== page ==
Access to Wonder
It happened to every single one of us alive today. We were born into this world and survived. In a way, the universal nature of that experience makes it ordinary. Yet the experience of giving birth is anything but ordinary. For many of us it is full of wonder.
I remember our son Andrew’s birth with a strong sense of tearful wonder. My wife Philomena showed impressive determination as she pushed when coached to do so. She broke little blood vessels in her face with her effort. No fear, or complaining, just gritty bearing down with the single focus of giving birth. Just after the crown of Andrew’s head emerged, the labor stopped. I started worrying something might be wrong. The midwife said soothingly that it was okay to wait patiently, soon enough the rest of him would be coming. It was a wondrous moment in that pause, waiting for his appearance. And before I knew it, he was out and breathing on his own. While Andrew’s birth was a universal human experience, the felt sense of bringing new life into the world and the relief it was complete was wonder. Philomena and I were parents! We were a family.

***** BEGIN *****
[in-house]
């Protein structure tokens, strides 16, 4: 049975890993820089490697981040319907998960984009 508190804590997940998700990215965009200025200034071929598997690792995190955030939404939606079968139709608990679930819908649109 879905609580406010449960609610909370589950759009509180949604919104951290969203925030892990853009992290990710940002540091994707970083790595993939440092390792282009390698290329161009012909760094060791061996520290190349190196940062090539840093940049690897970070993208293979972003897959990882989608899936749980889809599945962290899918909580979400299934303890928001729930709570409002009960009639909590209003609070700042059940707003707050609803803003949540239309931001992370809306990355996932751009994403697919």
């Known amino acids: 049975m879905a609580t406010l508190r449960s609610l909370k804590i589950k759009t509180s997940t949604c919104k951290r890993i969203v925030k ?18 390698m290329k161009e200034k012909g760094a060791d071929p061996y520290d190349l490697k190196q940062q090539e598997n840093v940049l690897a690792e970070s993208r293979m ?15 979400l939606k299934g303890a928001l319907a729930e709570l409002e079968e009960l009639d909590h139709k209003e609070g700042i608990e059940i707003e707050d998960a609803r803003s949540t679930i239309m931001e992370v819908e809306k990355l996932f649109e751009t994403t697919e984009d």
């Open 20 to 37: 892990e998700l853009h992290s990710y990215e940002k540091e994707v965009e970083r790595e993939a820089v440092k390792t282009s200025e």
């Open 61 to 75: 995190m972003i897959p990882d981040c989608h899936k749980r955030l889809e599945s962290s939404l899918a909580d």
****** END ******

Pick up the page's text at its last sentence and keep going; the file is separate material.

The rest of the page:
Wonder is a significant emotional experience that has an element of surprise when one is experiencing the beautiful, the unexpected, the unfamiliar, the inexplicable, the awesomely mysterious. The experience comes with feelings of astonishment, admiration, and gratitude. The mind is held in rapt attention. It leaves behind a sense of inspiration, energy and enthusiasm.
Wonder can stimulate philosophic and scientific research, generate the outpouring of words on the page, especially in poetry, and incline the mind toward great discoveries.
Research on wonder and awe has focused on two prerequisite qualities. The first is a sense of perceptual vastness that the experience exposes. The second is a sense of transcendence, a transcendence of one’s understanding of the world in a way that generates an expansion in comprehension. That expansion can challenge one’s current assumptions about what is known to be true. It reminds us of our finitude, that we are part of something much greater than ourselves, something beyond our comprehension.